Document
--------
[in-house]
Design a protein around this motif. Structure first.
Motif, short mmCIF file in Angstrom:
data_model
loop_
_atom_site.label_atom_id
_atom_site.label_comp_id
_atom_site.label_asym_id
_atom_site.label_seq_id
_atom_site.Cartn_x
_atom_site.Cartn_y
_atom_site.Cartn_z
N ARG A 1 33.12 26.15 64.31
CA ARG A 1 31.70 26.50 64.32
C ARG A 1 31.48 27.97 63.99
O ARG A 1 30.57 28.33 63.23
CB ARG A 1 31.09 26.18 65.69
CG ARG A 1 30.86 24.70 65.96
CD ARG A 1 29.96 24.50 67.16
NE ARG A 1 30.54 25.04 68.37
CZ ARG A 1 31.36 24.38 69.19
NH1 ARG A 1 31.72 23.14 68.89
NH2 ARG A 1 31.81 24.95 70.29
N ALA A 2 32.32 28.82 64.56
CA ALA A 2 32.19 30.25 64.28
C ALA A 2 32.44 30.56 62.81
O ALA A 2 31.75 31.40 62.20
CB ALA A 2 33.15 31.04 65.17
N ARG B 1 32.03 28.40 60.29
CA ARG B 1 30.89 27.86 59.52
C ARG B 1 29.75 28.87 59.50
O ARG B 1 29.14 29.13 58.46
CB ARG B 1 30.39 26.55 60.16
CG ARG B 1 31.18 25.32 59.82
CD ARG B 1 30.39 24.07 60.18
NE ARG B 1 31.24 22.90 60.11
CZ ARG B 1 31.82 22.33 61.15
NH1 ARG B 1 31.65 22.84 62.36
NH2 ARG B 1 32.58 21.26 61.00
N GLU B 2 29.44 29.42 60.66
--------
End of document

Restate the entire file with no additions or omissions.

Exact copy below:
[in-house]
Design a protein around this motif. Structure first.
Motif, short mmCIF file in Angstrom:
data_model
loop_
_atom_site.label_atom_id
_atom_site.label_comp_id
_atom_site.label_asym_id
_atom_site.label_seq_id
_atom_site.Cartn_x
_atom_site.Cartn_y
_atom_site.Cartn_z
N ARG A 1 33.12 26.15 64.31
CA ARG A 1 31.70 26.50 64.32
C ARG A 1 31.48 27.97 63.99
O ARG A 1 30.57 28.33 63.23
CB ARG A 1 31.09 26.18 65.69
CG ARG A 1 30.86 24.70 65.96
CD ARG A 1 29.96 24.50 67.16
NE ARG A 1 30.54 25.04 68.37
CZ ARG A 1 31.36 24.38 69.19
NH1 ARG A 1 31.72 23.14 68.89
NH2 ARG A 1 31.81 24.95 70.29
N ALA A 2 32.32 28.82 64.56
CA ALA A 2 32.19 30.25 64.28
C ALA A 2 32.44 30.56 62.81
O ALA A 2 31.75 31.40 62.20
CB ALA A 2 33.15 31.04 65.17
N ARG B 1 32.03 28.40 60.29
CA ARG B 1 30.89 27.86 59.52
C ARG B 1 29.75 28.87 59.50
O ARG B 1 29.14 29.13 58.46
CB ARG B 1 30.39 26.55 60.16
CG ARG B 1 31.18 25.32 59.82
CD ARG B 1 30.39 24.07 60.18
NE ARG B 1 31.24 22.90 60.11
CZ ARG B 1 31.82 22.33 61.15
NH1 ARG B 1 31.65 22.84 62.36
NH2 ARG B 1 32.58 21.26 61.00
N GLU B 2 29.44 29.42 60.66